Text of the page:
Regardless of the acknowledgments of various prominent Russian leaders, including the President Putin of Russia, about the historical network between the disputed Russia and Ukraine, this once existent relationship among the populations has been cut short by the military unrest that took place in 2014, and is still ongoing. The undisclosed and undeclared final goal is to re-establish a sort of “New Russian empire”, considering that Putin has spoken out that the collapse of the Soviet Union was the worst outcome of the 20th century. Furthermore, the arguably calculated and infamous strategy that Putin chose to undertake starting in 2014 has resulted in their closest neighbor embellishing them as an enemy and aggressor, an undeniable fiasco of the Russian president. 

Seems like centuries ago when Obama was proposing “The Russian Reset” to find an agreeable solution to grant peace and cooperation for Europe and more importantly Russia. Fast forward to this year, and Russia is feeling threatened by the enlargement of NATO presence at their border and is fearing the drastic actions that Joe Biden is looming to impose. This has led to a long list of requirements put forward by Putin, addressed to US and NATO, ironically excluding Europe from this negotiation, in an attempt to “blackmail” any forthcoming ties between Ukraine, EU, and the US.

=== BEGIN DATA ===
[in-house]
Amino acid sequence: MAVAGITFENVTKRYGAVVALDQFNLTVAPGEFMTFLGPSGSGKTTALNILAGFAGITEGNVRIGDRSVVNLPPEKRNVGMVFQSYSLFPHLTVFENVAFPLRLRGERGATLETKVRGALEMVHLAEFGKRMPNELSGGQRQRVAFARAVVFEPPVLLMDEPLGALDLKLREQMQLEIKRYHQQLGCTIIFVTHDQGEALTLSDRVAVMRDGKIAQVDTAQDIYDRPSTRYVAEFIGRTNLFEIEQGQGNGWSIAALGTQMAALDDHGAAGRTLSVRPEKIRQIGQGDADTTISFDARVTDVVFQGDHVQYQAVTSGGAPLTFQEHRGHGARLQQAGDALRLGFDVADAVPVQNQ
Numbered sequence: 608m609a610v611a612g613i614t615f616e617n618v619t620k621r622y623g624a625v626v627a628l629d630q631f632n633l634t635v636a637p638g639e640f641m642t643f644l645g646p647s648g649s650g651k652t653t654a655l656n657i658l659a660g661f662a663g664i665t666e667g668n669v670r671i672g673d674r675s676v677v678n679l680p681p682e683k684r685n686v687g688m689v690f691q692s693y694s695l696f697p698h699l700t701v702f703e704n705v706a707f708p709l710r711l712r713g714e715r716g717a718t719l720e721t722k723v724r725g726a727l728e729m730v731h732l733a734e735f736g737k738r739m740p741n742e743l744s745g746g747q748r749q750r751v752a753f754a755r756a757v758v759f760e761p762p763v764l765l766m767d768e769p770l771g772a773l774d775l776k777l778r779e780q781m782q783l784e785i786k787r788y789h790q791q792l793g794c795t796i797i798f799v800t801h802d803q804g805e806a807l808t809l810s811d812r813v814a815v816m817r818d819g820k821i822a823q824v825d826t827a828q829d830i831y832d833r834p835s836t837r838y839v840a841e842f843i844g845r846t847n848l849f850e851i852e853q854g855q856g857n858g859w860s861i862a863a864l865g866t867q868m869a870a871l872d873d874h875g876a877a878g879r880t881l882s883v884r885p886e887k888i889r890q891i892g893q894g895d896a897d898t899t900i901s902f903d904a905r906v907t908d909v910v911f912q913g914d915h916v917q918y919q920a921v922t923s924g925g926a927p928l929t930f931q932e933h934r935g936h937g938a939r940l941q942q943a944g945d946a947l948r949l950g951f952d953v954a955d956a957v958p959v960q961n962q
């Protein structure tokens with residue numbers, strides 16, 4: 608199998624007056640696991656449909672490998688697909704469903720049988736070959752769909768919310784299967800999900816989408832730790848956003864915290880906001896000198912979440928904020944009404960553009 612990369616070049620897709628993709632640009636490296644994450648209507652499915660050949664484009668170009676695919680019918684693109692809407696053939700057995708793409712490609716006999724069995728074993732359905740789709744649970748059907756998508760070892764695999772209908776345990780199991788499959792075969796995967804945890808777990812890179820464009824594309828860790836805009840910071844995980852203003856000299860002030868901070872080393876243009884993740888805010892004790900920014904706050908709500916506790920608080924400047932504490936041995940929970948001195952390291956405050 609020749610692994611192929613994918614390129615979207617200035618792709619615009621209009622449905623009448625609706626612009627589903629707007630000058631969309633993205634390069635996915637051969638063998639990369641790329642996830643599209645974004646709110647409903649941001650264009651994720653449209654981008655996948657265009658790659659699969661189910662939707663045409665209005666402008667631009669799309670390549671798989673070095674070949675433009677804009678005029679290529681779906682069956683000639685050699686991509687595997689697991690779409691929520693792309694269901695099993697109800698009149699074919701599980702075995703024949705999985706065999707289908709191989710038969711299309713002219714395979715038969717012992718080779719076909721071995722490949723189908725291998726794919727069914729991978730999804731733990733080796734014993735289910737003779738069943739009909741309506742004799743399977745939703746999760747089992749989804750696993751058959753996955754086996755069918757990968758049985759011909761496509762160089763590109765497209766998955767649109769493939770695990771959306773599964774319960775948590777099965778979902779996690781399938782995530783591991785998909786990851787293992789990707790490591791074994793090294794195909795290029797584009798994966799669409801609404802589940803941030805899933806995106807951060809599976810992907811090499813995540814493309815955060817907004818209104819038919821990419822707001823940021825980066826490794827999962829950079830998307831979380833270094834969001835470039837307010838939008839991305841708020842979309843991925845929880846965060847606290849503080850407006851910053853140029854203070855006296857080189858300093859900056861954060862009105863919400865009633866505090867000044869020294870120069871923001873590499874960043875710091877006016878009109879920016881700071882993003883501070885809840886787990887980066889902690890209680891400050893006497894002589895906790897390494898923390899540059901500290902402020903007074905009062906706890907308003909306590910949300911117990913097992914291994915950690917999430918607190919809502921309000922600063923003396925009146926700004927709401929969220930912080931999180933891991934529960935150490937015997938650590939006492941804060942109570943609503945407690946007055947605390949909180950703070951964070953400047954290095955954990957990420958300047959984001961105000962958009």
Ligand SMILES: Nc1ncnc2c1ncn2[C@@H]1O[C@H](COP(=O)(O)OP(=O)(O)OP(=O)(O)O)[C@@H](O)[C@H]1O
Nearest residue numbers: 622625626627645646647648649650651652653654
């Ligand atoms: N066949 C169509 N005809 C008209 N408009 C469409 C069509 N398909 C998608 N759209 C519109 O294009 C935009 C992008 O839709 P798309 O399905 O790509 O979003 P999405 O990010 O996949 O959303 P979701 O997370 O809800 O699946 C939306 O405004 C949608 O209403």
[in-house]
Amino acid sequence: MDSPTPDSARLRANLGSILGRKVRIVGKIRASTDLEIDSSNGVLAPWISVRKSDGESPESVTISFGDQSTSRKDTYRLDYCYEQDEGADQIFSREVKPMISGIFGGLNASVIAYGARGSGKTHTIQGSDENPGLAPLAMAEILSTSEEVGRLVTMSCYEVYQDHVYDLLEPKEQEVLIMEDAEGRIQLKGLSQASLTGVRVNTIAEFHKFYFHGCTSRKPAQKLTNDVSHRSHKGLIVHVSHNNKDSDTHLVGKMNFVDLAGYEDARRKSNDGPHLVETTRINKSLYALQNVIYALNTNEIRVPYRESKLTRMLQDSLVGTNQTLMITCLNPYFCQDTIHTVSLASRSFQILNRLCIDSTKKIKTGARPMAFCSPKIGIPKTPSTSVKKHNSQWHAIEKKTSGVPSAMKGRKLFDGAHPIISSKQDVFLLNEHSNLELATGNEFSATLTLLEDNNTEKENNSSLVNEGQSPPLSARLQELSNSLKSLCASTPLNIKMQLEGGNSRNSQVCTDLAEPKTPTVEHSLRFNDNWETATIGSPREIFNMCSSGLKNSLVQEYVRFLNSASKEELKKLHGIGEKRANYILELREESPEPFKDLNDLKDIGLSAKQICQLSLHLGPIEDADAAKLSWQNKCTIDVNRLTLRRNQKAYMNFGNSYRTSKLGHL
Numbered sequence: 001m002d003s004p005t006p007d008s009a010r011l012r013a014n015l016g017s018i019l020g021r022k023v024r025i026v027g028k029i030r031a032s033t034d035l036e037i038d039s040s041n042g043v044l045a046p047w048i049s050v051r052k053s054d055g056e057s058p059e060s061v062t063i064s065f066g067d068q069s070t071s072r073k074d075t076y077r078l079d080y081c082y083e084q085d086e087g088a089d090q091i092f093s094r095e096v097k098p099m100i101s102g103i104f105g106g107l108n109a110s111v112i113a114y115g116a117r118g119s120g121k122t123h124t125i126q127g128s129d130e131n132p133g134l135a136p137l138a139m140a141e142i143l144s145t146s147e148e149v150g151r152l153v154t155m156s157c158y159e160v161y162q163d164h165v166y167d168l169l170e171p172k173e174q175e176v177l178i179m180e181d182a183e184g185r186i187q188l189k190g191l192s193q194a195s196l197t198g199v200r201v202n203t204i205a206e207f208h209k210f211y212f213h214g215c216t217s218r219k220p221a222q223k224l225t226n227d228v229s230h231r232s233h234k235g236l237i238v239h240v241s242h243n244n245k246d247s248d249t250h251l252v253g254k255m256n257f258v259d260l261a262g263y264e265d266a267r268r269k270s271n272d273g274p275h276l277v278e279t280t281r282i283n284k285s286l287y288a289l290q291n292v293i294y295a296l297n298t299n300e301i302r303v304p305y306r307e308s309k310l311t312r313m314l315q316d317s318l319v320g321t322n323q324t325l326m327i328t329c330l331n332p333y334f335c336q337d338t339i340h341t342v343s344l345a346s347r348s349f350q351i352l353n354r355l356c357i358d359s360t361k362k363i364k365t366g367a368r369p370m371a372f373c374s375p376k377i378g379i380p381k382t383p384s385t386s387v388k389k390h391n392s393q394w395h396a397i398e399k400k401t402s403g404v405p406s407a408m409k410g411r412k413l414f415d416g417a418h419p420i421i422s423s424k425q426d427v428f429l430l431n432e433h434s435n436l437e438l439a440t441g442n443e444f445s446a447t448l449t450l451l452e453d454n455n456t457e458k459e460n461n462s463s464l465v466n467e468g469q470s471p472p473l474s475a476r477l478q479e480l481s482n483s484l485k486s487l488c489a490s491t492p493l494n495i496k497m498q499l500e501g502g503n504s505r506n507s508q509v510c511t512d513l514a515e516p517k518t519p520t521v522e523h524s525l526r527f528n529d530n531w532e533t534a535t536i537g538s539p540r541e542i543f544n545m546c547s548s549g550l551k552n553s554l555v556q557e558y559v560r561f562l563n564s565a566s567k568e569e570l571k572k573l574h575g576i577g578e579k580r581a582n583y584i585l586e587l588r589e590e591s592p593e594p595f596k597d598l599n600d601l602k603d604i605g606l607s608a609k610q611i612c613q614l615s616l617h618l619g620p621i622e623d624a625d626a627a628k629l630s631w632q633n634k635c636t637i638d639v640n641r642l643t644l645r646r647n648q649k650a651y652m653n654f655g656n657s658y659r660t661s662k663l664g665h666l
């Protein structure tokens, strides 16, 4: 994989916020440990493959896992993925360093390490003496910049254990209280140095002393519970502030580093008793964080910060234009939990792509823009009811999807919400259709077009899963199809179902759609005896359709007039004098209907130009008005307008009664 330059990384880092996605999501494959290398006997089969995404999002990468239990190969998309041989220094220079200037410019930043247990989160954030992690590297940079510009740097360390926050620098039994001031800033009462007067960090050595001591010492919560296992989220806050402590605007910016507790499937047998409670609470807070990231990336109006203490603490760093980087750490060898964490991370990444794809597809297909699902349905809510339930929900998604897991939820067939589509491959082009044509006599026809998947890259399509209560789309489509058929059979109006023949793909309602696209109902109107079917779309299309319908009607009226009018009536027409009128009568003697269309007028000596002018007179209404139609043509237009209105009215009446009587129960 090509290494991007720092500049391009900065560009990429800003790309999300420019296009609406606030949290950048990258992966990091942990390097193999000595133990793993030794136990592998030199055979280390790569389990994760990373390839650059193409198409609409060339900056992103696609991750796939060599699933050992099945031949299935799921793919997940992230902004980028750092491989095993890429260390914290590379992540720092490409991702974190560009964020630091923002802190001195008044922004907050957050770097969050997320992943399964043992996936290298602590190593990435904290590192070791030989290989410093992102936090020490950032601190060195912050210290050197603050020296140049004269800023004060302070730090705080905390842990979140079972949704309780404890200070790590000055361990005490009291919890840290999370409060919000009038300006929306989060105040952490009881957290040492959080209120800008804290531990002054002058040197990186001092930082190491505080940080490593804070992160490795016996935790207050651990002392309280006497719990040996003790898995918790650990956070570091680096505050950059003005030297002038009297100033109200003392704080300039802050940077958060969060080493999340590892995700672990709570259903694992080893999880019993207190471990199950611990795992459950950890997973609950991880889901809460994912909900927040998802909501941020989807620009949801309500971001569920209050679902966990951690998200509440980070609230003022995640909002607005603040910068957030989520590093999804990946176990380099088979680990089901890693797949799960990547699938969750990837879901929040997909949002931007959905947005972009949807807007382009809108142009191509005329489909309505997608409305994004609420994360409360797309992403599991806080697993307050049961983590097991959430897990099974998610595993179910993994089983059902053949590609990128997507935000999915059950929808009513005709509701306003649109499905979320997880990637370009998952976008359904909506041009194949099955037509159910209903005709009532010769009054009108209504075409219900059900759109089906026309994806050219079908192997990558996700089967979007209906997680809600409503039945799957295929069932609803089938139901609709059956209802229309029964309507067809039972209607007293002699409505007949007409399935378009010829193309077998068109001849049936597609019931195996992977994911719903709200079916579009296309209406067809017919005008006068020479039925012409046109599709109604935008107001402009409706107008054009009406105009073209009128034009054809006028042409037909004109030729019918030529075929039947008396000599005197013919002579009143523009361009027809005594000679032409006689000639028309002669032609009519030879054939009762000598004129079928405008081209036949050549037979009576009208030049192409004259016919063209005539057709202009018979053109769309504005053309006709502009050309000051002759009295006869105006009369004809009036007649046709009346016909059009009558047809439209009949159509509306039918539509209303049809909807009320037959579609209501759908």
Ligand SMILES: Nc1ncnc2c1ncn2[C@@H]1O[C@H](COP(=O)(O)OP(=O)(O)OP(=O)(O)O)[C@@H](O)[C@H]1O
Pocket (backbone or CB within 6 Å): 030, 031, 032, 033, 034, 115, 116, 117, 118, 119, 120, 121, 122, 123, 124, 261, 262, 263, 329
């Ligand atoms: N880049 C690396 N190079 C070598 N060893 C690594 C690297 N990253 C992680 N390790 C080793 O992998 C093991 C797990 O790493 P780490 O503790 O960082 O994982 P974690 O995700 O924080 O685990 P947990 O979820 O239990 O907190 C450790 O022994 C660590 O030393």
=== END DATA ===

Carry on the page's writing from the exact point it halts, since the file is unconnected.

This distance created by the territorial wrangle between Ukraine and Russia, is pushing Russia right into China’s open arms, and considering the autocratic leadership in both countries, it brings Europe face to face with an aggressive monolith of democratically unaccountable countries, directly bordering them. It is entirely up to Europe to find a language in which to negotiate this very difficult equilibrium, which enables Ukraine to maintain its set out path towards becoming a European state. Furthermore, the stance of Germany and its new coalition in this debate is undeniably important. Purely for geopolitical reasons, Germany under Chancellor Merkel has always acted as a platzdarm for Russia, especially with the facilitation of the construction of Nord-Stream 2 which means that Poland and Ukraine will no longer be getting the transportational commission from gas and natural resources, making up about $7 billion/year, as well as no longer having hypothetical leverage over the block of gas supplies to Europe in the case of further Russian aggression.

Overall, even though the current situation in Ukraine is eventually going to be settled, it leaves Ukraine under Russia’s microscope and the permanent creation of man-made instability through the infiltration of the FSB (former KGB) provocateurs generating a domino effect of mistrust in Ukrainian political leaders, considering the fact that there are openly pro-Russian parties in parliament.